(Beyond Pesticides, September 20, 2013) A study of women in Northern California farm towns finds that those living within three miles of strawberries fields treated with methyl bromide gave birth to smaller, lighter babies. Methyl bromides, a fumigant pesticide injected into soils to eliminate soil-borne pests, can volatize into the air exposing nearby neighborhoods. The U.S. and other developed countries have banned the use of methyl bromide under an international treaty that recognized the role of chemicals like methyl bromide to deplete the ozone layer. However, some farmers continue to use the fumigant on strawberries and other crops due to the “critical use exemption” (CUE) stipulation of the laws, which allows the chemical to continue to be used when there are no feasible alternatives.
The study, published in Environmental Health Perspectives, examined the health of babies born to 442 pregnant women living in Salinas Valley, CA in 1999 and 2000, when methyl bromide was widely used. Utilizing data from California’s Pesticide Use Reporting System, the study was able to identify residences that were within 5 kilometers of methyl bromide application.
Researchers find that women exposed to the chemical during their second trimester have babies that are four ounces lighter on average than women living in areas with no methyl bromide use. For comparison, this is half the weight decrease caused by smoking, say researchers.
However, only four percent of babies were born at what is considered “low birth weight,” less than 5.5 pounds. In other words, the majority of babies were still considered with normal ranges. The significance of smaller babies when it comes to their health is still unclear, but low birth weight babies are known to be at higher risk for developmental delays and learning disabilities.
“For a baby on the low end of the normal birth weight, 4 ounces could make a big difference,” said Kim Harley, PhD., author, and associate director of the Center for Environmental Research and Children’s Health at University of California, Berkeley.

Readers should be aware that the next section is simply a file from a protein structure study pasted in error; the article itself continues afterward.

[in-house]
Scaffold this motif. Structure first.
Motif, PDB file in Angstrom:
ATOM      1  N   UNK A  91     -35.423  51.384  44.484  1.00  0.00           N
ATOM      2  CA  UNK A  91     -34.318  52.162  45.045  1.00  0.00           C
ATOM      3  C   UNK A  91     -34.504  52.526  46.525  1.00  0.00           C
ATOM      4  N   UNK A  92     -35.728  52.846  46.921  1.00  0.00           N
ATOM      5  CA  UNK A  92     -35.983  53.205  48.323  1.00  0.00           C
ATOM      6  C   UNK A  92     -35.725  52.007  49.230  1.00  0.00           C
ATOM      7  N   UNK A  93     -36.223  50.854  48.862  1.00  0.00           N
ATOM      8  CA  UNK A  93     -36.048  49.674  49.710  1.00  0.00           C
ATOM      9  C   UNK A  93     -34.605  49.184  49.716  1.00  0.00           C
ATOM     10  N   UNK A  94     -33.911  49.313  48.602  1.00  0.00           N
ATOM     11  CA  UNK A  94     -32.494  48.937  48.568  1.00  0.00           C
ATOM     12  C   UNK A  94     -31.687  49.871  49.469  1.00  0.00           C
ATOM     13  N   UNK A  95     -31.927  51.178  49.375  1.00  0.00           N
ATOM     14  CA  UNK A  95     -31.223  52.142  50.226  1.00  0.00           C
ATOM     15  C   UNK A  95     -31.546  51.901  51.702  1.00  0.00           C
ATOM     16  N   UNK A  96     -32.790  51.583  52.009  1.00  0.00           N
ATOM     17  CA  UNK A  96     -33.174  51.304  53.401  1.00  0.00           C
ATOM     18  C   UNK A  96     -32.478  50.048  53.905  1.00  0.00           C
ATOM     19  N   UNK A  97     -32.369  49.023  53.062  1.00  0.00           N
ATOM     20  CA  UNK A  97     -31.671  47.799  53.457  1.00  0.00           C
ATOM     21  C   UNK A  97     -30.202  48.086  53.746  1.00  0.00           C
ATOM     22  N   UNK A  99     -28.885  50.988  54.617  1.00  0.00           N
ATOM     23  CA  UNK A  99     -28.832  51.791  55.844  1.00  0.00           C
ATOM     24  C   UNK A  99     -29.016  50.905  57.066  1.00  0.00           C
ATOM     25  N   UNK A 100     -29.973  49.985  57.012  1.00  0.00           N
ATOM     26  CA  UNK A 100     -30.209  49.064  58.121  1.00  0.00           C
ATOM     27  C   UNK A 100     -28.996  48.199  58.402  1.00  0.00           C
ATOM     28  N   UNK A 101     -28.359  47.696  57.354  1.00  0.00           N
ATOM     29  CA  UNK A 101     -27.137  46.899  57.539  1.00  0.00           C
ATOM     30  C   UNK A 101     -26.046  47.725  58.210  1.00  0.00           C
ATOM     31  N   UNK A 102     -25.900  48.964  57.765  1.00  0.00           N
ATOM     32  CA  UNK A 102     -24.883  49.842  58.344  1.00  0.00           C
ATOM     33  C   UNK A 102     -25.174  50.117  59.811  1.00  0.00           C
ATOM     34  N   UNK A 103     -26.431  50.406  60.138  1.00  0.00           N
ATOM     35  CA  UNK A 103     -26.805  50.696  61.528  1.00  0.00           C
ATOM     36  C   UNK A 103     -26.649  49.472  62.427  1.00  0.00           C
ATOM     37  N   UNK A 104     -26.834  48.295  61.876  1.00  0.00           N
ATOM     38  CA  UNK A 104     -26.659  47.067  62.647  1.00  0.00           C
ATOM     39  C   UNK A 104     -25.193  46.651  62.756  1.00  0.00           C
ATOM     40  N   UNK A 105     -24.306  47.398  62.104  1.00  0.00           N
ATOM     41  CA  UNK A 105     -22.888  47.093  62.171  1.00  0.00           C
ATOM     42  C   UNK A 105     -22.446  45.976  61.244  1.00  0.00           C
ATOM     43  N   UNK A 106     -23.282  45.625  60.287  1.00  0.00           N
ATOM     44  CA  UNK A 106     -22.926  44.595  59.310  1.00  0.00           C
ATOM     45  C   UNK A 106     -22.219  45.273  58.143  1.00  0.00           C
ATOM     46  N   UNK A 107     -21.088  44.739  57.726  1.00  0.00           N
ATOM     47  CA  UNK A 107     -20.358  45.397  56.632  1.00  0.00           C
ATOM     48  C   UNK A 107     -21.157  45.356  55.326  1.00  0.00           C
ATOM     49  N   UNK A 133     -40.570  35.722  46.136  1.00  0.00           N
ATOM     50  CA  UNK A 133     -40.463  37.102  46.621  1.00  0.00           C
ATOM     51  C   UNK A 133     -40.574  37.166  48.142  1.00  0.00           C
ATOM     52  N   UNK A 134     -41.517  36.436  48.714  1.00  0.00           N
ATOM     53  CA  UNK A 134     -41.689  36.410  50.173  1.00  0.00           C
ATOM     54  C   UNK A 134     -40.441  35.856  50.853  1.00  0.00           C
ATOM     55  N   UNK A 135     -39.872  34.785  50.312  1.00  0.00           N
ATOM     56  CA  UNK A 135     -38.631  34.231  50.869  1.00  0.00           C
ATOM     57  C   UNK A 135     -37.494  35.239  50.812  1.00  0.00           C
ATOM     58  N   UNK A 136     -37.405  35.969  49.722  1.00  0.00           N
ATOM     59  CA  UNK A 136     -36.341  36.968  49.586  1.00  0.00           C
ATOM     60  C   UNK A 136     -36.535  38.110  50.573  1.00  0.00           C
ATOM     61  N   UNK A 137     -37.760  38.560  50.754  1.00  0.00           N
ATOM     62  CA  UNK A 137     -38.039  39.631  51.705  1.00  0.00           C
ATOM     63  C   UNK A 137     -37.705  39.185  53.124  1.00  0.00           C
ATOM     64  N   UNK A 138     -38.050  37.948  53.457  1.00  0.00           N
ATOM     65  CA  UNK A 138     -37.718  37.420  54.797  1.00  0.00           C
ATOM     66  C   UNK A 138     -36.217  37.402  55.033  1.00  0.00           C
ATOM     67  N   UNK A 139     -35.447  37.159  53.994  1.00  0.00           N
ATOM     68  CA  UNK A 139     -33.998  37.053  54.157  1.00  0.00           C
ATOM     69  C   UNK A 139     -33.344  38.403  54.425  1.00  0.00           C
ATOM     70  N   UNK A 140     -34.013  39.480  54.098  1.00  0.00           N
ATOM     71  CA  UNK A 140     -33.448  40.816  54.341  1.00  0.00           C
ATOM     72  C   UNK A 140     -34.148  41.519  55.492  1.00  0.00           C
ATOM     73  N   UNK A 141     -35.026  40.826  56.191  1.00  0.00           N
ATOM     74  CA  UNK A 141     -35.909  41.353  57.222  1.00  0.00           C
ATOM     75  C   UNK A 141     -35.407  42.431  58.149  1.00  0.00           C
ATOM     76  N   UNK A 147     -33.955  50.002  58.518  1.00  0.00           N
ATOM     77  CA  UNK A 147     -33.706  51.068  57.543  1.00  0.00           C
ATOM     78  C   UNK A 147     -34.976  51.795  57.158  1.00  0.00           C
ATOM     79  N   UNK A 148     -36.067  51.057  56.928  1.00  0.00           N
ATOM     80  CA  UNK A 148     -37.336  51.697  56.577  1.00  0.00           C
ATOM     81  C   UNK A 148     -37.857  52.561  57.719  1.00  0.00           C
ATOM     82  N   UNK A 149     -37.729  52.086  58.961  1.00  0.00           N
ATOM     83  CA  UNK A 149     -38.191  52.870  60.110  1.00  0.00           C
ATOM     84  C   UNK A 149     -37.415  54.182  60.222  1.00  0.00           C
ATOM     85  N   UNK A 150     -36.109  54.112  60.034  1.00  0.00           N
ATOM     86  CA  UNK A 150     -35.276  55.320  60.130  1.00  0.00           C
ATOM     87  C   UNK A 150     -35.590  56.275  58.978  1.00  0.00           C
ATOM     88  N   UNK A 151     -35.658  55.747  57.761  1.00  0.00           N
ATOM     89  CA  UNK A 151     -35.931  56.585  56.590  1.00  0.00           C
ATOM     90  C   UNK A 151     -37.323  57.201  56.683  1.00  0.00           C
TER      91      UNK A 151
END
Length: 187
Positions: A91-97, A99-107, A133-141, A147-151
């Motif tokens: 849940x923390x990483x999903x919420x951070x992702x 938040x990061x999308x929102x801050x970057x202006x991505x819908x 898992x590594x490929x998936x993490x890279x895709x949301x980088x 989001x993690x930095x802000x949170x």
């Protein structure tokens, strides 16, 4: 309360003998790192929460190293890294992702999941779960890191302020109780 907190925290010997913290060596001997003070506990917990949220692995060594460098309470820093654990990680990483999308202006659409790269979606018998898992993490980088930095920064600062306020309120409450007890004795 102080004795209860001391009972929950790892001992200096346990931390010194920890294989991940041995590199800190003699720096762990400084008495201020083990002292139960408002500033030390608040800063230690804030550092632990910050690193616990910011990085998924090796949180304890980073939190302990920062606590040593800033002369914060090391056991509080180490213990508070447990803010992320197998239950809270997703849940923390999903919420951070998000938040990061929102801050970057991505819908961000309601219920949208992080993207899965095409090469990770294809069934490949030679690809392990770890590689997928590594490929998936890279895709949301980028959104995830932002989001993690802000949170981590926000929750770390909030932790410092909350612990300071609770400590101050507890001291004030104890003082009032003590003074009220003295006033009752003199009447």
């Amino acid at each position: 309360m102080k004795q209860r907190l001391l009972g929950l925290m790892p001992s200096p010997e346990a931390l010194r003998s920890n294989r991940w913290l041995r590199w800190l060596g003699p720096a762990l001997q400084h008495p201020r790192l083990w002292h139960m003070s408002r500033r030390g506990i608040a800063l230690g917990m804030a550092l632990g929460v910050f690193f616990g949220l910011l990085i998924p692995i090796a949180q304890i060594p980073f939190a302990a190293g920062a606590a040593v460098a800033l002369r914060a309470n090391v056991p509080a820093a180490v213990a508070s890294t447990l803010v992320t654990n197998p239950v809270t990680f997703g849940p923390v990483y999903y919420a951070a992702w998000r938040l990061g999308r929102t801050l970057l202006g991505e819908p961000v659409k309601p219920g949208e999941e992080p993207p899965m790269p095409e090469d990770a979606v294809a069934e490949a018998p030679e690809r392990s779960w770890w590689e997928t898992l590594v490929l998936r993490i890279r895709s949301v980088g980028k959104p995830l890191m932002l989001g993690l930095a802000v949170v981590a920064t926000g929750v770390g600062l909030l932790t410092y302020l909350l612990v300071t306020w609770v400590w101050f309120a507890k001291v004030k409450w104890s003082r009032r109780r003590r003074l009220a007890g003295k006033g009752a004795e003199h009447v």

Additionally, Dr. Harley noted that the majority of women studied were Latinas from Mexico who, in general, tended to have healthy birth weight babies, but “across the board we saw a shift towards slightly lighter babies.”
While about 41 percent of the women did some field work while pregnant, few worked in fields that had been treated with methyl bromide, raising concerns about the role of residential exposure to methyl bromide and expanding the dialogue beyond farmworkers.
The study has one major limitation: the amount of methyl bromide the women were exposed to is largely unknown, as their exposures were based solely on residential locations. “A woman could work 12-hour shifts 40 miles from home or spend little time outdoors near her own home. It’s impossible to say whether these estimates represent an accurate picture of exposure,” said Myles Cockburn, PhD., an epidemiologist at the University of Southern California, to Environmental Health News.
However, the study is part of a 14-year, ongoing project by scientists to determine the health impacts of children born in the Salinas Valley, and exposed to methyl bromide. Additionally, this research builds on previous studies demonstrating that methyl bromide increases the risk of prostate cancer and causes damage to the neurological, reproductive, and endocrine systems.
The only way to know that you are not being exposed to hazardous soil fumigants is to buy organically produced food. Organic agriculture does not allow the use toxic chemicals that have been shown to drift and cause a myriad of chronic health effects, such as cancer, endocrine disruption and a series of degenerative diseases like Parkinson’s disease. To learn more about organic agriculture please visit Beyond Pesticides organic agriculture page. For more information on organic versus conventional agricultural practices, see Beyond Pesticides’ guide, Organic Food: Eating with a Conscience, urging consumers to consider impacts on the environment, farmworker and farm families’ health —in addition to personal health impacts posed by pesticide residues— when making food choices.
All unattributed positions and opinions in this piece are those of Beyond Pesticides.
Source: Environmental Health News
Photo Source: Environmental Health News